SME exports fall in the first half as trade war bitesExports by small and medium-sized enterprises (SMEs) were weighed down by the ongoing U.S.-China trade dispute, falling 2.7 percent in the first half of the year compared to the previous year.
The Ministry of SMEs and Startups reported Friday that outbound shipments from companies with assets less than 500 billion won ($426.7 million) stood at $51 billion in the first half of the year from $52.5 billion a year earlier.
The decline reflects the overall slump in exports as total outbound shipments from the country fell 8.5 percent to $271.3 billion through June this year from the same period a year earlier.
The government cited the drawn out U.S.-China trade row and a global manufacturing slowdown in explaining the decline in SME exports.
Exports fell despite the number of SMEs shipping their products overseas increasing.
According to the SME Ministry, there were 63,333 such companies in the second quarter this year, a rise of 1.4 percent, or 903 companies, from the same period a year earlier.
SME exports to China, Korea’s largest trade partner, fell 6.5 percent to $11.5 billion in the first half the year from a year earlier. China accounted for 22.6 percent of exports by small and medium-sized firms so far this year. Major exports to China, such as cosmetics, semiconductors, synthetic resin, declined in the second quarter.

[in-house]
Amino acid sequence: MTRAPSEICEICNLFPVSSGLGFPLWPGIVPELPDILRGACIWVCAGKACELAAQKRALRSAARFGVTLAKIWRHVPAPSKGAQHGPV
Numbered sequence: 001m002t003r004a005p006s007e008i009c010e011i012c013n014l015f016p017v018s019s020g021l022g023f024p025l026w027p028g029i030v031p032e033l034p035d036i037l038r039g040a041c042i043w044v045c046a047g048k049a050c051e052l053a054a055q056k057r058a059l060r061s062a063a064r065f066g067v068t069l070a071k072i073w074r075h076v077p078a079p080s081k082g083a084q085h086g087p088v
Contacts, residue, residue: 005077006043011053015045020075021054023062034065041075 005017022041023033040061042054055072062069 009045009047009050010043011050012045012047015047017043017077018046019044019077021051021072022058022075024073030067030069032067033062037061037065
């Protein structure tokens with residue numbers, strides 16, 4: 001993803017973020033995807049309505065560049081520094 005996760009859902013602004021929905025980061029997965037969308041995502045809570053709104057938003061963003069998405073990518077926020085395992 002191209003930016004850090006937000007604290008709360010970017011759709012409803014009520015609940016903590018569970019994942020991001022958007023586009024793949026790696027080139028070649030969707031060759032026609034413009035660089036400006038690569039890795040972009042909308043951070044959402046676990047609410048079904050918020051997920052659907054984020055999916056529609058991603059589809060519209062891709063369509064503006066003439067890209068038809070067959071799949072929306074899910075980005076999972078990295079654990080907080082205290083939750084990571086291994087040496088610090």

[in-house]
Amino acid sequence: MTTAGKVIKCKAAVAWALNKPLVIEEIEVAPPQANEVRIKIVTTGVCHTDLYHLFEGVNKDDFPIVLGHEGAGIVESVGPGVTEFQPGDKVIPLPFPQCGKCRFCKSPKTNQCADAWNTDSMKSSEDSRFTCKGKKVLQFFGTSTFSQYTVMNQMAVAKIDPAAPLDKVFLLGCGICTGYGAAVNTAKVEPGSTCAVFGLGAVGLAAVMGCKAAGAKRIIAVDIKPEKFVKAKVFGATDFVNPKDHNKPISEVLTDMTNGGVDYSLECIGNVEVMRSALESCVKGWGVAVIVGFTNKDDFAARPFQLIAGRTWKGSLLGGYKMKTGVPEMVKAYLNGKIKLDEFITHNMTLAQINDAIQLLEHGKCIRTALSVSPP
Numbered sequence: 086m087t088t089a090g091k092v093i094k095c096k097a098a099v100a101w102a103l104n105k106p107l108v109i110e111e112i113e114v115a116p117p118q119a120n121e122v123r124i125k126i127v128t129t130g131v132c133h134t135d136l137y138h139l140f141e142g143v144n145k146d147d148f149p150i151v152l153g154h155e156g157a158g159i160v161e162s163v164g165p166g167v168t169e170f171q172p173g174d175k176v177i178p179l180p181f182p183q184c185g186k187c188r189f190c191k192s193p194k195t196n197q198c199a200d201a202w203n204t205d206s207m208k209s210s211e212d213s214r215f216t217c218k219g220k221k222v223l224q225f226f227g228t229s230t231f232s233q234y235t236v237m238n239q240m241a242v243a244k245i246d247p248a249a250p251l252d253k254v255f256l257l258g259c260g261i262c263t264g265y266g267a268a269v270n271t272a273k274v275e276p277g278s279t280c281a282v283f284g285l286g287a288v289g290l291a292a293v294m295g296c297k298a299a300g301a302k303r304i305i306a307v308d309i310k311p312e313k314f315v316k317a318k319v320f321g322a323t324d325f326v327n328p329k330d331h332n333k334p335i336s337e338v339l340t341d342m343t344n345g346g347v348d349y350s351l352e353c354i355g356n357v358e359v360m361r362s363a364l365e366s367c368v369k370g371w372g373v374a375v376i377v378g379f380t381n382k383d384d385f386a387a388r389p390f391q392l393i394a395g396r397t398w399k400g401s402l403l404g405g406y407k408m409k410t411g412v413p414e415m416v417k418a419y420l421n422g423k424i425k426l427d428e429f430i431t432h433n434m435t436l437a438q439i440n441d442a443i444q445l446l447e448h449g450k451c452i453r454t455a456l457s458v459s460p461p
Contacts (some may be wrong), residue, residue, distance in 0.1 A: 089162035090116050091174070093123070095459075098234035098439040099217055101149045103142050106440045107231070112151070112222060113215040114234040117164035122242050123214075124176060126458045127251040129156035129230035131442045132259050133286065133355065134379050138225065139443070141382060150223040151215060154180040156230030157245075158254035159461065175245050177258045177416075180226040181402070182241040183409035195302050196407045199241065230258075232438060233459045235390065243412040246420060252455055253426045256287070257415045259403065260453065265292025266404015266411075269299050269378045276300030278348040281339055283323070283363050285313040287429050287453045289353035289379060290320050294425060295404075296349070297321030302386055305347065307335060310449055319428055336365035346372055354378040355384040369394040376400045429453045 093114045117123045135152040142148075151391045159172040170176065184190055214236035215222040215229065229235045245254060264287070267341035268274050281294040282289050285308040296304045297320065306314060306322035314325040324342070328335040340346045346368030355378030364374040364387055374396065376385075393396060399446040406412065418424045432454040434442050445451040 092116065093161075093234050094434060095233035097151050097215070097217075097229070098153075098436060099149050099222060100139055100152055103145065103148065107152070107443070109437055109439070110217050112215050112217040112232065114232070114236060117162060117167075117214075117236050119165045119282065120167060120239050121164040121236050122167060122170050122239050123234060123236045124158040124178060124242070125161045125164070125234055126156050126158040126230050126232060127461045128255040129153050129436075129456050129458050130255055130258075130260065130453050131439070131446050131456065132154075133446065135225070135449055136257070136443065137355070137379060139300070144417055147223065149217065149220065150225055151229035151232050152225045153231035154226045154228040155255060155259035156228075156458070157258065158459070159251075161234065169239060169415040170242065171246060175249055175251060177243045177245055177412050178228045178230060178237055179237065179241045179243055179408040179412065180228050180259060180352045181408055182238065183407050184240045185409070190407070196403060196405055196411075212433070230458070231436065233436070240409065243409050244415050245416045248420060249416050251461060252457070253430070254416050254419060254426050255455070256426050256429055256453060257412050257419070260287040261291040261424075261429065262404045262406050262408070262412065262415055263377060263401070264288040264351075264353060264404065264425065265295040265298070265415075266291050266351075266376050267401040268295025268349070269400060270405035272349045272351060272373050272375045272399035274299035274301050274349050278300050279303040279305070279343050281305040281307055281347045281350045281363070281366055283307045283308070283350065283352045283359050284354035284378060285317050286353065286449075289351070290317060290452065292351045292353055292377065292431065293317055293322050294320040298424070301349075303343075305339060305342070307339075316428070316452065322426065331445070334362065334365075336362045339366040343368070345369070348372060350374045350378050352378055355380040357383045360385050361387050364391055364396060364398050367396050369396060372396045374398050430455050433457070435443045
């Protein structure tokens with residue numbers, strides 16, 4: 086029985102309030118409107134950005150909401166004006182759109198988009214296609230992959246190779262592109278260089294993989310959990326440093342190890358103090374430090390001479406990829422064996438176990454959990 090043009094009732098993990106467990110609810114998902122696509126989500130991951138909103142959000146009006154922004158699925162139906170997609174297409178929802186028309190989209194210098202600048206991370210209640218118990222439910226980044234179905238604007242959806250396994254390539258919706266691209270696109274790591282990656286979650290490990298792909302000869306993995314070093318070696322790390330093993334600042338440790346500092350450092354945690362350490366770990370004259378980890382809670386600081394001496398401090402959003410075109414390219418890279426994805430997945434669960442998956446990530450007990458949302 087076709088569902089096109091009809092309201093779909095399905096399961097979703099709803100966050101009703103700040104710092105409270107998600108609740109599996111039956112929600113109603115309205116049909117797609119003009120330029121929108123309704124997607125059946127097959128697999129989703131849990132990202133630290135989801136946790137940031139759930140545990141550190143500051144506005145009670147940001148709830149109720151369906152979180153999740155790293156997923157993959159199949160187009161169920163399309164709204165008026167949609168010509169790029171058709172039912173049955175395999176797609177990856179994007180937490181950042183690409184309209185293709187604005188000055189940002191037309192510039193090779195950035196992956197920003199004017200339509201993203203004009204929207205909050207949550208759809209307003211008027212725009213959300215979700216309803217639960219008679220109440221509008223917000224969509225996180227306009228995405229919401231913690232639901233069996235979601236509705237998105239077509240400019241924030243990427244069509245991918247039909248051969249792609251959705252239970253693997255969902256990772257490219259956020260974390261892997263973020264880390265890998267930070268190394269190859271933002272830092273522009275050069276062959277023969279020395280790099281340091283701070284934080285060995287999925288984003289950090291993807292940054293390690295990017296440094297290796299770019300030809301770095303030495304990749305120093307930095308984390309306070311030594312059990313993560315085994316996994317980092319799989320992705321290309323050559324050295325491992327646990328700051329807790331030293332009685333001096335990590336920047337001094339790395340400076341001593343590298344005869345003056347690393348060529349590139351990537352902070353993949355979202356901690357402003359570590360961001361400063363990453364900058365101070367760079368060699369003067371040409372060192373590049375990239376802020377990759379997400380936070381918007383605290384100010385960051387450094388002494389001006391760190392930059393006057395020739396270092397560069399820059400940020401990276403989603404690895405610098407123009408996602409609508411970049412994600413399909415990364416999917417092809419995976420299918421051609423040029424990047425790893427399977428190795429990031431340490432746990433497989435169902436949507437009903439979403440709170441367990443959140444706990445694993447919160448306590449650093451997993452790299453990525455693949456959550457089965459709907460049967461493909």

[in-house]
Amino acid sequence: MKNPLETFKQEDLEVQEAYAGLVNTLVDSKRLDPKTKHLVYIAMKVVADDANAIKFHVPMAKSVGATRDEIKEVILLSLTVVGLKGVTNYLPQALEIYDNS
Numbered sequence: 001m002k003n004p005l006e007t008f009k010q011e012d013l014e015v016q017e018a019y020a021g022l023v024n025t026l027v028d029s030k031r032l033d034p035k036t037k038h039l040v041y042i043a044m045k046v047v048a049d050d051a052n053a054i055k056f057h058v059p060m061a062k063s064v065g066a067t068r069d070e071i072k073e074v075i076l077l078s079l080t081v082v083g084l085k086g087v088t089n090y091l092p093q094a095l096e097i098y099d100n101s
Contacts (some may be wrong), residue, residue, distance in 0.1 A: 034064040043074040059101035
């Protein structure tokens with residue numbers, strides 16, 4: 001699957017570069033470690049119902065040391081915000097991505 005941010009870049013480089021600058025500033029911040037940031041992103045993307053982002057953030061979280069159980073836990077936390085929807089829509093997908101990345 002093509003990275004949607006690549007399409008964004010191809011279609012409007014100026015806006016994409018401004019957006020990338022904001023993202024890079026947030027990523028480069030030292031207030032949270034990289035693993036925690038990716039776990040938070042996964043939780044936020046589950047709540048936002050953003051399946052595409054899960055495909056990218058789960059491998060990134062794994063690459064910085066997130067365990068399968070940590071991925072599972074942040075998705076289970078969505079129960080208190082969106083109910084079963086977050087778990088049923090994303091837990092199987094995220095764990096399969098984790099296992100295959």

Exports to Hong Kong, which take 3.6 percent of SME exports, fell 26.8 percent in the first half from a year earlier. Semiconductor exports to Hong Kong in the second quarter fell 34 percent from a year earlier.
Shipments to the United States rose 5.9 percent in the first half due to strong demand for auto-related products.
By sector over the period, semiconductor exports fell 11 percent amid slowing global demand, while cosmetics exports, the second-largest export category for SMEs, fell 7.6 percent due to fierce competition with local brands in China.
SME Minister Park Young-sun expressed worry about the export outlook, citing recent trade restrictions imposed by Japan against Korea.
“Due to the lengthening of the U.S.-China trade conflict that has led to declining exports, worsening external conditions, such as Japan’s export restrictions, are expected to make the export environment for SMEs even more difficult in the second half of the year,” said Park in a statement.
The minister has called for responding to Japan’s tightening of industrial material exports to Korea by speeding up development of industrial material production by domestic SMEs.
Park added that the government will focus on policies to help SMEs work with larger-sized companies in research and development on industrial materials.
The ministry has set up a support fund of 208 billion won for companies affected by Japan’s trade restrictions.
The SME minister also urged Thursday local semiconductor companies to use hydrogen fluoride, one of the materials restricted by Japan, produced by local SMEs.
BY CHAE YUN-HWAN [email@example.com]
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